Roman went after Akhmadaliev in the 12th round after Gonzalez told him in the corner that he was unsure how the fight was going. He threw uppercuts and chased Akhmadaliev around the ring trying to land his best shot, but came up just short on the scorecards.
“It was a close fight. He’s a hell of a fighter, a strong fighter,” Roman said. “He’s a complicated fighter. He was the better man tonight.”
Espino stops Baccus in third round
Super middleweight prospect Alexis Espino (5-0, 4 KOs) had an easy time disposing of Vincent Baccus (4-2-1, 3 KOs), 35, of Okmulgee, Oklahoma, by knockout in the third round of their scheduled six-rounder.
Espino, 20, of Las Vegas, who is trained by top cornerman Robert Garcia, rocked Baccus with a left hook late in the second round and continued to pound him in the third.
Midway through the third round, he dropped Baccus with a clean left hook. Baccus made it to his feet, but as the fight resumed Espino immediately landed a left-right combination and referee Sam Burgos stepped in to stop it at 1 minute, 49 seconds as Espino flexed in Baccus’ face.
Angulo wins split decision over Sims
In an upset, super middleweight Roamer Alexis Angulo (26-1 22 KOs) edged touted up-and-comer Anthony Sims Jr. (20-1 18 KOs), 24, of Plainfield, Illinois, in a dreadful fight that featured virtually no action or clean punching.
Two judges scored it 96-93 for the more aggressive Angulo and one judge had it 95-94 for Sims, who spent most of the fight moving around the ring and not engaging with Angulo, 35, a Colombia native fighting out of Miami, whose only loss came in June 2018 in a one-sided unanimous decision challenging then-super middleweight world titlist Gilberto “Zurdo” Ramirez.
Referee Christopher Young docked one point from Angulo in the fifth round for holding. Neither fighter did much of anything, leaving the only drama to take place in Sims’ corner.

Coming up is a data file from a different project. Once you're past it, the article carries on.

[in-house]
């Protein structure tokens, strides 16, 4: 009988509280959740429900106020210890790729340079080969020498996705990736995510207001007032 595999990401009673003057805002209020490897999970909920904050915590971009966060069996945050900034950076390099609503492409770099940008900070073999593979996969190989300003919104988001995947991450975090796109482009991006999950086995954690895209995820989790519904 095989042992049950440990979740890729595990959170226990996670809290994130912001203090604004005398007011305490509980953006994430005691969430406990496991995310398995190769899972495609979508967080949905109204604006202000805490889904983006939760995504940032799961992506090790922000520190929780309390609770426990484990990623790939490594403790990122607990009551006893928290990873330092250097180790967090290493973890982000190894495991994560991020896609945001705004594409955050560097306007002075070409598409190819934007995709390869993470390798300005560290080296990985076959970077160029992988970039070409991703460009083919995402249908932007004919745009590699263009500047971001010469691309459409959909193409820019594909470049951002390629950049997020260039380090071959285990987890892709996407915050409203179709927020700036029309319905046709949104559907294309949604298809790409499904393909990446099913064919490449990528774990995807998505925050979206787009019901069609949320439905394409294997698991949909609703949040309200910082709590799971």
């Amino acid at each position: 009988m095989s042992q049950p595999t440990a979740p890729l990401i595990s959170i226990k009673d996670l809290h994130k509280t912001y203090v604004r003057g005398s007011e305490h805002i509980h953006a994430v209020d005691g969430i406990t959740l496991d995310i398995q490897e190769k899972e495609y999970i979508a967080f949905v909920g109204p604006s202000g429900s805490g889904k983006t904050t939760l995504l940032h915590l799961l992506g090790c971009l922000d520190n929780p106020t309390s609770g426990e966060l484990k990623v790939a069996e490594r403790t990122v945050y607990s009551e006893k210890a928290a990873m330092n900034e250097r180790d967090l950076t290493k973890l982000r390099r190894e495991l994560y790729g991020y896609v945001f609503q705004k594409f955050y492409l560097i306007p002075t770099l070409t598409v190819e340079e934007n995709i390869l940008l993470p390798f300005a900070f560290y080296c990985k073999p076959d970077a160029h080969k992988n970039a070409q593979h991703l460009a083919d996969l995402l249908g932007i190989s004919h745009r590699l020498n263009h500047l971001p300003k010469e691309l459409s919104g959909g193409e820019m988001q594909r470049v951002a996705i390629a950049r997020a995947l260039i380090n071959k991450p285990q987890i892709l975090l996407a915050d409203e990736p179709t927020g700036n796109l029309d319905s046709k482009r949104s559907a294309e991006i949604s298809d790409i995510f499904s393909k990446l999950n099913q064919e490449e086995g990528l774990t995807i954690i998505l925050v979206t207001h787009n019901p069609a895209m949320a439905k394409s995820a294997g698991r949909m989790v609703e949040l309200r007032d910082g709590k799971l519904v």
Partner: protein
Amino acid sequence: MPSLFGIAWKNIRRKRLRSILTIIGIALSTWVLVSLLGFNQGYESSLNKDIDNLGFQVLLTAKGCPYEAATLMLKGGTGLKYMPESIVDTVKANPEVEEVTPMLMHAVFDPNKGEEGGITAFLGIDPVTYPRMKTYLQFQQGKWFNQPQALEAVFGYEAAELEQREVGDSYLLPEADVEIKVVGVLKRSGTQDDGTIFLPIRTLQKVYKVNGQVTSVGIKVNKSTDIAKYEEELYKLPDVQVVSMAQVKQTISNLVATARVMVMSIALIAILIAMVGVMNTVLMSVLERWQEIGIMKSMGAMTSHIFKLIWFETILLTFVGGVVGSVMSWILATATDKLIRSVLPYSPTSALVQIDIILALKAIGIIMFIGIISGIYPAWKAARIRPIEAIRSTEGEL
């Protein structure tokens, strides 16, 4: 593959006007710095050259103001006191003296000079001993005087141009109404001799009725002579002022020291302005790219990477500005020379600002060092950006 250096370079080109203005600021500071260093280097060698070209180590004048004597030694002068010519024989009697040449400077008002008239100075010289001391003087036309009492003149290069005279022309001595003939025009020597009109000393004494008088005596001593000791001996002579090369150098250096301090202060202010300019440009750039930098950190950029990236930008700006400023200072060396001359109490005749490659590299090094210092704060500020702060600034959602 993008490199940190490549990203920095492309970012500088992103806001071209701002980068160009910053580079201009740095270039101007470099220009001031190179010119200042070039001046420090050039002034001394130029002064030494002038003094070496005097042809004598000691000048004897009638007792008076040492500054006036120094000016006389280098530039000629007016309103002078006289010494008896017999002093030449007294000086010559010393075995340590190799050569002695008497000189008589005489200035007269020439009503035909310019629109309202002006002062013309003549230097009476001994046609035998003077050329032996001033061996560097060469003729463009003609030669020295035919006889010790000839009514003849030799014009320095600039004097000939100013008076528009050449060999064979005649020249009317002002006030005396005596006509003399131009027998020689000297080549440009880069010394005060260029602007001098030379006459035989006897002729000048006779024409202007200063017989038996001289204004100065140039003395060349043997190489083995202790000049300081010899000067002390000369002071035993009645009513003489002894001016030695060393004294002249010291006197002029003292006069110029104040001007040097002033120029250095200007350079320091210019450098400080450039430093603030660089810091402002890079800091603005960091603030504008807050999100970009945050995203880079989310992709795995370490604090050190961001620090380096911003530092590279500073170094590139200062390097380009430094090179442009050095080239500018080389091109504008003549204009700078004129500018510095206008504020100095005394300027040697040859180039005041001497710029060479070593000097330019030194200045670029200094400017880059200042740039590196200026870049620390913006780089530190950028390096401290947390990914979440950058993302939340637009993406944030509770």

After the sixth round Sims’ trainer, James Doolin, told Sims he was down by two points.
“You gotta knock him out,” Doolin told Sims before sending him out for the seventh round.
After the eighth round Doolin told him, “You gotta put him down, baby! That’s all there is to it!”
But Sims continued to dance around and show extreme caution while Angulo plodded forward and could barely land anything as the crowd was virtually silent.
Williams destroys Sanchez
Houston middleweight prospect Austin Williams (5-0, 4 KOs) dominated Donald Sanchez (5-3, 3 KOs), 35, of Albuquerque, New Mexico, en route to a fourth-round knockout victory.
Williams, a 23-year-old southpaw, scored three knockdowns in a fight he dominated from start to finish. He landed numerous clean punches and combinations on a game Sanchez. He nearly dropped Sanchez with a straight left hand to the head in the first round. In the second round he floored him with an overhand left that sent him to his rear end. And in the fourth round Williams sent Sanchez to the mat twice more — first with a straight left hand, and then with a combination to the head and body — after which referee Telis Assimenios waved off the fight at 2 minutes, 51 seconds.
Serrano knocks out Da Silva
Amanda Serrano (38-1-1, 28 KOs), who has won world titles in a women’s record seven weight classes, knocked out Simone Aparecida Da Silva (17-15, 6 KOs), 36, of Brazil, in the third round of a lightweight bout.
Serrano, 31, of Brooklyn, New York, had been training for an MMA fight on Jan. 25 in her native Puerto Rico, but the card was canceled and promoter Lou DiBella was able to get her on this card on six days’ notice. The fight was a tune-up for a probable spring showdown with undisputed women’s lightweight world champion Katie Taylor.
Serrano landed a flurry of punches in the final moments of the second round for a knockdown. In the third round, Serrano unloaded numerous unanswered punches until referee Sam Burgos stopped it at 53 seconds.